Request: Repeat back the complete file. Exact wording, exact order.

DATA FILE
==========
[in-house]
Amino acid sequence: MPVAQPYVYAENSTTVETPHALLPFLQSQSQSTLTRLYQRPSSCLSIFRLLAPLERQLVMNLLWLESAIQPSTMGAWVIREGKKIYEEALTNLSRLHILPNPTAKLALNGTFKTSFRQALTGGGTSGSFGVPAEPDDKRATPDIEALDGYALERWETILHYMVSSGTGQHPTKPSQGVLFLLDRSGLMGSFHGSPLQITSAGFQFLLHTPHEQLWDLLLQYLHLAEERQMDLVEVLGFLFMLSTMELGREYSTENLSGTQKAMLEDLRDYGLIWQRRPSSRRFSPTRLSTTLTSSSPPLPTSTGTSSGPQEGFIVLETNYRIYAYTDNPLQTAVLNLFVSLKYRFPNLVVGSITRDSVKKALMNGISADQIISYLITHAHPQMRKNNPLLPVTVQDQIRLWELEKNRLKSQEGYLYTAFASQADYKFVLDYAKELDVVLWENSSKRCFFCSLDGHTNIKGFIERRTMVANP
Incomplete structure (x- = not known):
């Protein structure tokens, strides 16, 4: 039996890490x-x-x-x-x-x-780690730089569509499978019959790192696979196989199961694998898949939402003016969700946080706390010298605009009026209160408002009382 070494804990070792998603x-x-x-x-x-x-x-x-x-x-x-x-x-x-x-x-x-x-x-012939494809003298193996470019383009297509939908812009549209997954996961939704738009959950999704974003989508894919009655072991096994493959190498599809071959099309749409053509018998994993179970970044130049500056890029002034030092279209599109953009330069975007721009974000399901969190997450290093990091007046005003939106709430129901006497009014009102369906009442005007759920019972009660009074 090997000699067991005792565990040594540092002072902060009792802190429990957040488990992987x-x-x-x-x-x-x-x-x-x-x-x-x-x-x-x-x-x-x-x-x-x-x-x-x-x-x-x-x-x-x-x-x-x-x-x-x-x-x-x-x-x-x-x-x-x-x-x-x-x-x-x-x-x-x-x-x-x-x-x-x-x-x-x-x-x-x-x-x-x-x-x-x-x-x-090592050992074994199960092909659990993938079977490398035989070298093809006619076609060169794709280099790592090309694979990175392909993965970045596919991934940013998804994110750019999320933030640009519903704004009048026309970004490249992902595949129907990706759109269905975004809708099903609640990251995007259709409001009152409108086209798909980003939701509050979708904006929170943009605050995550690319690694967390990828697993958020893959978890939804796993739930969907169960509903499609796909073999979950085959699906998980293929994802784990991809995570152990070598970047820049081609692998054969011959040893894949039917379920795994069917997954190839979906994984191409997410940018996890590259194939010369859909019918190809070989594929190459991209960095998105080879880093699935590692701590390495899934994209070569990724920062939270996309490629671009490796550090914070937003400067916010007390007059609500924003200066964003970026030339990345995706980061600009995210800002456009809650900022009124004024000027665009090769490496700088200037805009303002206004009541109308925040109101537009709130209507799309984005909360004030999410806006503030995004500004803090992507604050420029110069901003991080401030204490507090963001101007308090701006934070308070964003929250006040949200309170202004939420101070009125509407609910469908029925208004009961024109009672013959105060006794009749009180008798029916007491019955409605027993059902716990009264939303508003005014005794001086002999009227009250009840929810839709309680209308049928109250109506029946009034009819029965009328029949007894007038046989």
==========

[in-house]
Amino acid sequence: MPVAQPYVYAENSTTVETPHALLPFLQSQSQSTLTRLYQRPSSCLSIFRLLAPLERQLVMNLLWLESAIQPSTMGAWVIREGKKIYEEALTNLSRLHILPNPTAKLALNGTFKTSFRQALTGGGTSGSFGVPAEPDDKRATPDIEALDGYALERWETILHYMVSSGTGQHPTKPSQGVLFLLDRSGLMGSFHGSPLQITSAGFQFLLHTPHEQLWDLLLQYLHLAEERQMDLVEVLGFLFMLSTMELGREYSTENLSGTQKAMLEDLRDYGLIWQRRPSSRRFSPTRLSTTLTSSSPPLPTSTGTSSGPQEGFIVLETNYRIYAYTDNPLQTAVLNLFVSLKYRFPNLVVGSITRDSVKKALMNGISADQIISYLITHAHPQMRKNNPLLPVTVQDQIRLWELEKNRLKSQEGYLYTAFASQADYKFVLDYAKELDVVLWENSSKRCFFCSLDGHTNIKGFIERRTMVANP
Incomplete structure (x- = not known):
């Protein structure tokens, strides 16, 4: 039996890490x-x-x-x-x-x-780690730089569509499978019959790192696979196989199961694998898949939402003016969700946080706390010298605009009026209160408002009382 070494804990070792998603x-x-x-x-x-x-x-x-x-x-x-x-x-x-x-x-x-x-x-012939494809003298193996470019383009297509939908812009549209997954996961939704738009959950999704974003989508894919009655072991096994493959190498599809071959099309749409053509018998994993179970970044130049500056890029002034030092279209599109953009330069975007721009974000399901969190997450290093990091007046005003939106709430129901006497009014009102369906009442005007759920019972009660009074 090997000699067991005792565990040594540092002072902060009792802190429990957040488990992987x-x-x-x-x-x-x-x-x-x-x-x-x-x-x-x-x-x-x-x-x-x-x-x-x-x-x-x-x-x-x-x-x-x-x-x-x-x-x-x-x-x-x-x-x-x-x-x-x-x-x-x-x-x-x-x-x-x-x-x-x-x-x-x-x-x-x-x-x-x-x-x-x-x-x-090592050992074994199960092909659990993938079977490398035989070298093809006619076609060169794709280099790592090309694979990175392909993965970045596919991934940013998804994110750019999320933030640009519903704004009048026309970004490249992902595949129907990706759109269905975004809708099903609640990251995007259709409001009152409108086209798909980003939701509050979708904006929170943009605050995550690319690694967390990828697993958020893959978890939804796993739930969907169960509903499609796909073999979950085959699906998980293929994802784990991809995570152990070598970047820049081609692998054969011959040893894949039917379920795994069917997954190839979906994984191409997410940018996890590259194939010369859909019918190809070989594929190459991209960095998105080879880093699935590692701590390495899934994209070569990724920062939270996309490629671009490796550090914070937003400067916010007390007059609500924003200066964003970026030339990345995706980061600009995210800002456009809650900022009124004024000027665009090769490496700088200037805009303002206004009541109308925040109101537009709130209507799309984005909360004030999410806006503030995004500004803090992507604050420029110069901003991080401030204490507090963001101007308090701006934070308070964003929250006040949200309170202004939420101070009125509407609910469908029925208004009961024109009672013959105060006794009749009180008798029916007491019955409605027993059902716990009264939303508003005014005794001086002999009227009250009840929810839709309680209308049928109250109506029946009034009819029965009328029949007894007038046989």